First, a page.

Steven L. Reiner, MD

  • Charles H. Revson Professor in Cancer Research (in Microbiology and lmmunology) and Professor of Pediatrics
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Steven L. Reiner, M.D. is the Charles H. Revson Professor in Cancer Research in the Department of Microbiology & Immunology and Professor of Pediatrics, at the College of Physicians & Surgeons of Columbia University. Dr. Reiner studied Philosophy at Haverford College and received the M.D. from Duke University. Following training in Internal Medicine at the New York Hospital-Memorial Sloan Kettering Cancer Center, he performed subspecialty training in Infectious Diseases at the University of California, San Francisco. At UCSF he was also postdoctoral fellow in the laboratory of Richard M. Locksley, M.D.

Dr. Reiner joined the faculty at The University of Chicago as Assistant Professor in 1994, where he was an investigator in the Gwen Knapp Center for Lupus and Immunology Research and an attending physician at The University of Chicago Hospitals. In 1999, he joined the University of Pennsylvania as a founding member of the Abramson Family Cancer Research Institute, and an attending physician at the Hospital of the University of Pennsylvania. He was chair of the Immunology Graduate Group and the founding director of its Institute for Immunology. Dr. Reiner joined the faculty of Columbia University in 2012. He has been Director of the MD-PhD Program at Columbia since 2014.

Dr. Reiner has made significant contributions to our understanding of Immunology and Infectious Diseases, most notably demonstrating that our lymphocytes act like stem cells to repopulate our immune defense while simultaneously delivering diverse functions that eliminate viruses, germs and cancer. His group's discovery in 2007 that lymphocytes use asymmetric cell division in order to execute function while regenerating was chosen by Science magazine as one of the top ten scientific breakthroughs of the year. Dr. Reiner is an elected member of the American Society of Clinical Investigation and the Association of American Physicians.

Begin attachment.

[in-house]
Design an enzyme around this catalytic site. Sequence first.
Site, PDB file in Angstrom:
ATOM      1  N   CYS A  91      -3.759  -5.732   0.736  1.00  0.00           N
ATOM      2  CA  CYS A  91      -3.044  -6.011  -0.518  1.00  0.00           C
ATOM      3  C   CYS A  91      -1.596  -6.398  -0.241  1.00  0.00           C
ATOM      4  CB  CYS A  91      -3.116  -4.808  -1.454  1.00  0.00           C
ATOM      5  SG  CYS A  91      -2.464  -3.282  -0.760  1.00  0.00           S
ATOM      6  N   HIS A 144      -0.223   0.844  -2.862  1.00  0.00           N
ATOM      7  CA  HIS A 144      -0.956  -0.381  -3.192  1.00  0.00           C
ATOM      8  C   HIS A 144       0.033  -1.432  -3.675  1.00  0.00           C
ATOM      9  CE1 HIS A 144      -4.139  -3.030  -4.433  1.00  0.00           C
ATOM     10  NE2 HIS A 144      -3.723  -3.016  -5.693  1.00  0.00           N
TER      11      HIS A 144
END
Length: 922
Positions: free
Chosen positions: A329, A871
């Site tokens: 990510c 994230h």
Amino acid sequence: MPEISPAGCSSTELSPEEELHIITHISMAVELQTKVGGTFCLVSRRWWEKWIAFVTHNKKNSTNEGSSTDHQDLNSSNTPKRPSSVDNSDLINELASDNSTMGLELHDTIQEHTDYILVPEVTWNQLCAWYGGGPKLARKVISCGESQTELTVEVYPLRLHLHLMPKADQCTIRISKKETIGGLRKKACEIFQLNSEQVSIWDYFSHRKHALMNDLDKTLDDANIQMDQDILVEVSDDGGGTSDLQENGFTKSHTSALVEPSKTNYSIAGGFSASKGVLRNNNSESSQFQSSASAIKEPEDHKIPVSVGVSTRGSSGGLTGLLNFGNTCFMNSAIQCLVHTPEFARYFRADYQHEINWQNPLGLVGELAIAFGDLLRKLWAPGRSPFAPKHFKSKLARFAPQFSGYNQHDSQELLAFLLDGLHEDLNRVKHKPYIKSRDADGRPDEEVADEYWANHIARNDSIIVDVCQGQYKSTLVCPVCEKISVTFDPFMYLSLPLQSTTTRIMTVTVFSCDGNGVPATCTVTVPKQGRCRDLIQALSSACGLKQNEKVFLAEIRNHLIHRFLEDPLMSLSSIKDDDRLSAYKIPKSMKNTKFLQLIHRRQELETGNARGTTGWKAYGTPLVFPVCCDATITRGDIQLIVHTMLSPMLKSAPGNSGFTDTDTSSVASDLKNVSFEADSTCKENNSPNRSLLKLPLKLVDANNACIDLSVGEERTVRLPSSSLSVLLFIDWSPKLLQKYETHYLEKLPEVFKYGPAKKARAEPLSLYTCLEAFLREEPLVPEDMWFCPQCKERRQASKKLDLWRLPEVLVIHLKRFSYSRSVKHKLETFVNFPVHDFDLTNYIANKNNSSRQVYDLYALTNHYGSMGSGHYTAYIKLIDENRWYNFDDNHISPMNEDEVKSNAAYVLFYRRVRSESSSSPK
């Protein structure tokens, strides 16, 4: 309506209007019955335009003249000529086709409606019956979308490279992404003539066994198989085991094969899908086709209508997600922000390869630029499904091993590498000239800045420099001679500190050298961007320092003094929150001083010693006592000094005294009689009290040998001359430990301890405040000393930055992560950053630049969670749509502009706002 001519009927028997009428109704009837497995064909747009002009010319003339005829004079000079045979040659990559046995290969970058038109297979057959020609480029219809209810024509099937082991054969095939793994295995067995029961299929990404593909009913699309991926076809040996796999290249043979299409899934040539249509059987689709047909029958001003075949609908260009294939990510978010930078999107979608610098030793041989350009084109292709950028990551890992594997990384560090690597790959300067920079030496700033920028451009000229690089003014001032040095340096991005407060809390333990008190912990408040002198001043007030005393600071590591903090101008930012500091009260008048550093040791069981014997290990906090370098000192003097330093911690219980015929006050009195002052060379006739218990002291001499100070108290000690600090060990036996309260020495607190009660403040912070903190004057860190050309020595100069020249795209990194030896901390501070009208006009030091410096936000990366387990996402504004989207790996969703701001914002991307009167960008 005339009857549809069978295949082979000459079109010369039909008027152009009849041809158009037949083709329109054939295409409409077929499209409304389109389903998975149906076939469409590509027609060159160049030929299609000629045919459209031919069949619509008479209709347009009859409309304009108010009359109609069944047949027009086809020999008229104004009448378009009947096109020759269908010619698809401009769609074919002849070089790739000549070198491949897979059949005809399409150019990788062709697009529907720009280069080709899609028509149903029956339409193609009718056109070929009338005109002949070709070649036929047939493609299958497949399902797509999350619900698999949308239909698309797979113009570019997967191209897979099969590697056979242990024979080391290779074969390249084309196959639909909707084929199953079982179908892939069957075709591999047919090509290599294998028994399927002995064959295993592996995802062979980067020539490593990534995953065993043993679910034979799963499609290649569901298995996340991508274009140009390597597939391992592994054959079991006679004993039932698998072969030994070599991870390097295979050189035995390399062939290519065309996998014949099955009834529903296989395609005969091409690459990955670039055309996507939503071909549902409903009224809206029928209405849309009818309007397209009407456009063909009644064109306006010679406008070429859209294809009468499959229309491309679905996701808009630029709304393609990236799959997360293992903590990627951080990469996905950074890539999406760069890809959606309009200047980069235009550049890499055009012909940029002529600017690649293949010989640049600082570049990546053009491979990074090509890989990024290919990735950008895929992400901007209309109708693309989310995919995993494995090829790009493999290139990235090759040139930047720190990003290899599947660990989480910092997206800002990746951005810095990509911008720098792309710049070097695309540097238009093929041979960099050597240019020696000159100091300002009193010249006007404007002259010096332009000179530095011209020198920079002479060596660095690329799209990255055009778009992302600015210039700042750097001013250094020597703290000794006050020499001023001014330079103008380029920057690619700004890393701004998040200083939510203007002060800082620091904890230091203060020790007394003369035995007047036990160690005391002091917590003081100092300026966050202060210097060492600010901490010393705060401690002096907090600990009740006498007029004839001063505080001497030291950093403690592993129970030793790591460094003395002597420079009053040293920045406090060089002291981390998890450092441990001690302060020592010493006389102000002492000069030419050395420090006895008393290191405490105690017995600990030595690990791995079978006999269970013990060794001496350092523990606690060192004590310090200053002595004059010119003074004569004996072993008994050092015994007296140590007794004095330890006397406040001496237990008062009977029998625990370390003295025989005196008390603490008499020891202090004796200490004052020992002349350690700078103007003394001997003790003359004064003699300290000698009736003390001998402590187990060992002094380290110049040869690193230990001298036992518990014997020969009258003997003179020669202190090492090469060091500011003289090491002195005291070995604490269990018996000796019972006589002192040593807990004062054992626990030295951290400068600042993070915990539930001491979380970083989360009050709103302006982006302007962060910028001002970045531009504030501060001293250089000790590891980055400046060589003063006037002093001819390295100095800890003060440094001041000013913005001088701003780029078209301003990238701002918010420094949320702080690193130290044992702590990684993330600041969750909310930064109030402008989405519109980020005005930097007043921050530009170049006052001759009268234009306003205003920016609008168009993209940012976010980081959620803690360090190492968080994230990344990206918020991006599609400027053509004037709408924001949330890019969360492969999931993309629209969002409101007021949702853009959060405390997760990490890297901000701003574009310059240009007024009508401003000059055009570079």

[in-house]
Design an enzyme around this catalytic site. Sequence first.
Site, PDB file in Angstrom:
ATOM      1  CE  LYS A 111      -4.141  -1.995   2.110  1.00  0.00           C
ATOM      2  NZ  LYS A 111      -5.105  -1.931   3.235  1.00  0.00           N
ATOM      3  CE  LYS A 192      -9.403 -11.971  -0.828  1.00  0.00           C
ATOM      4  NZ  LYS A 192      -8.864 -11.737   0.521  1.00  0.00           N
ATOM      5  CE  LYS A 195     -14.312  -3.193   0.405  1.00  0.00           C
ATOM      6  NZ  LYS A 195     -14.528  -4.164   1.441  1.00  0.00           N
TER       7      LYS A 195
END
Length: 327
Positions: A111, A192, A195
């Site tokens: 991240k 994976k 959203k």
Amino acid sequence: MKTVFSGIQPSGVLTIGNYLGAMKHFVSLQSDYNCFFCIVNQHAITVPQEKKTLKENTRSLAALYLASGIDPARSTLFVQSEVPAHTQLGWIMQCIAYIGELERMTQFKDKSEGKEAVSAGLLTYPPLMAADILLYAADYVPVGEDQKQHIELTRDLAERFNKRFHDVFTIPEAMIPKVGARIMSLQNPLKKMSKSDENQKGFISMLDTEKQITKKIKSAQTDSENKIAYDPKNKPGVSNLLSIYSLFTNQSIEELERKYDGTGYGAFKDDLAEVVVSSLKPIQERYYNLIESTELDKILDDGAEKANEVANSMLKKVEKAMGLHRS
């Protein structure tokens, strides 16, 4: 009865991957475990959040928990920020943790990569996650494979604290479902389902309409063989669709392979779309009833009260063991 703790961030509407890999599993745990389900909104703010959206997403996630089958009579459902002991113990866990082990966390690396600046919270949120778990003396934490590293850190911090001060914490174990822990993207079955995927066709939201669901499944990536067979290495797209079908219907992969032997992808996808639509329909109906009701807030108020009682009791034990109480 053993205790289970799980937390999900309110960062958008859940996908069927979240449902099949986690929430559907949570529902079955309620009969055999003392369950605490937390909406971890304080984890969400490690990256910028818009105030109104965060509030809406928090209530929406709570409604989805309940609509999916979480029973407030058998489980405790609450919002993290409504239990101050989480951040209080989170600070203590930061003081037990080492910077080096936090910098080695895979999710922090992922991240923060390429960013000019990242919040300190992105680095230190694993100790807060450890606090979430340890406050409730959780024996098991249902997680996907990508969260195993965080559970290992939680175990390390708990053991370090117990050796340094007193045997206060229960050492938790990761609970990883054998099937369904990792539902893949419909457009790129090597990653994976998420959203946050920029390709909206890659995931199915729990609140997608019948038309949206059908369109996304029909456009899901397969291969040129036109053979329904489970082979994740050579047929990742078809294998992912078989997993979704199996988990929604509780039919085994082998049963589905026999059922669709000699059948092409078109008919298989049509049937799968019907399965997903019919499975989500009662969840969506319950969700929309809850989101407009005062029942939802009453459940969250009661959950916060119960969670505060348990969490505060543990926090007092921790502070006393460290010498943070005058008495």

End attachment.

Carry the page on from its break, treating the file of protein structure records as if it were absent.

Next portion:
Academic Appointments

  • Charles H. Revson Professor in Cancer Research (in Microbiology and lmmunology) and Professor of Pediatrics

Administrative Titles

  • Director, MD-PhD program


Immunity is a problem of regeneration, and fundamentally a balancing act

To kill a cancerous or virally infected cell, a quiescent T lymphocyte must be activated to grow, divide, and produce differentiated cellular progeny, often again and again. Essentially, lymphocytes must achieve the mutually opposing demands of differentiation and self-renewal, regeneration. How T lymphocytes accomplish the paradoxical tasks of changing while remaining the same has been enigmatic.

Our recent discoveries have indicated that lymphocyte activation is an inherently semi-conservative signaling process during cell division. When a quiescent naive or memory T cell is activated, one daughter cell becomes a highly activated progenitor, while its sibling cell remains more quiescent. Analogously, when the activated progenitor undergoes more antigenic activation, one of its daughter cells irreversibly differentiates, while its sibling cell remains an active progenitor. The asymmetric cell divisions that give rise to activated versus quiescent sibling cells, or differentiated versus self-renewing sibling cells both seem to depend on the capacity of nutritive phosphatidylinositol-3-kinase (PI3K) signaling to direct polarity of the very receptors that deliver PI3K-mediated signals for cell division and differentiation.

Immune regeneration exploits the dichotomy of feast and famine

Single-celled organisms evolved to maintain the species in one of two mutually opposing ways, cell duplication or dormant survival, a decision that rests on the availability or scarcity of nutrients surrounding them. T lymphocytes appear to exploit this evolutionarily conserved metabolic switch to balance differentiation and renewal by transmitting unequal anabolic PI3K signals to daughter cells during cell division. A cell with limited nutrient uptake self-digests and generates energy in the most efficient manner possible; it does not waste energy preparing for cell division. Conversely, abundant nutrient uptake signals cells to focus on macromolecular synthesis, not energy efficiency, and instructs them not to self-digest. The mutually opposing signaling circuitry of feast and famine, together with a mechanism that transmits signaling unequally during cell division allows sibling T cells to become more and less activated, and subsequently fully and less differentiated, the balancing act of regeneration.

Implications for cancer immunotherapy

Because T cell activation promotes differentiation, we are testing the hypothesis that inhibitory signaling of T cells promotes self-renewal. A further prediction of this hypothesis is that blockade of inhibitory signaling might promote greater differentiation and function but at the expense of self-renewal and durability of critical T cell clones. We are currently testing whether blockade of immune checkpoints and expansion protocols for adoptive cell therapy can achieve better durability if agents that promote self-renewal of T cells, particularly those with anti-anabolic properties, are added to standard protocols.

Research Interests

  • Immunity to cancer and infection, T cell regeneration

Selected Publications

Kratchmarov, R., Magun, A.M. and Reiner, S.L. (2018) TCF1 expression marks self-renewing human CD8(+) T cells. Blood Adv. 2: 1685-1690.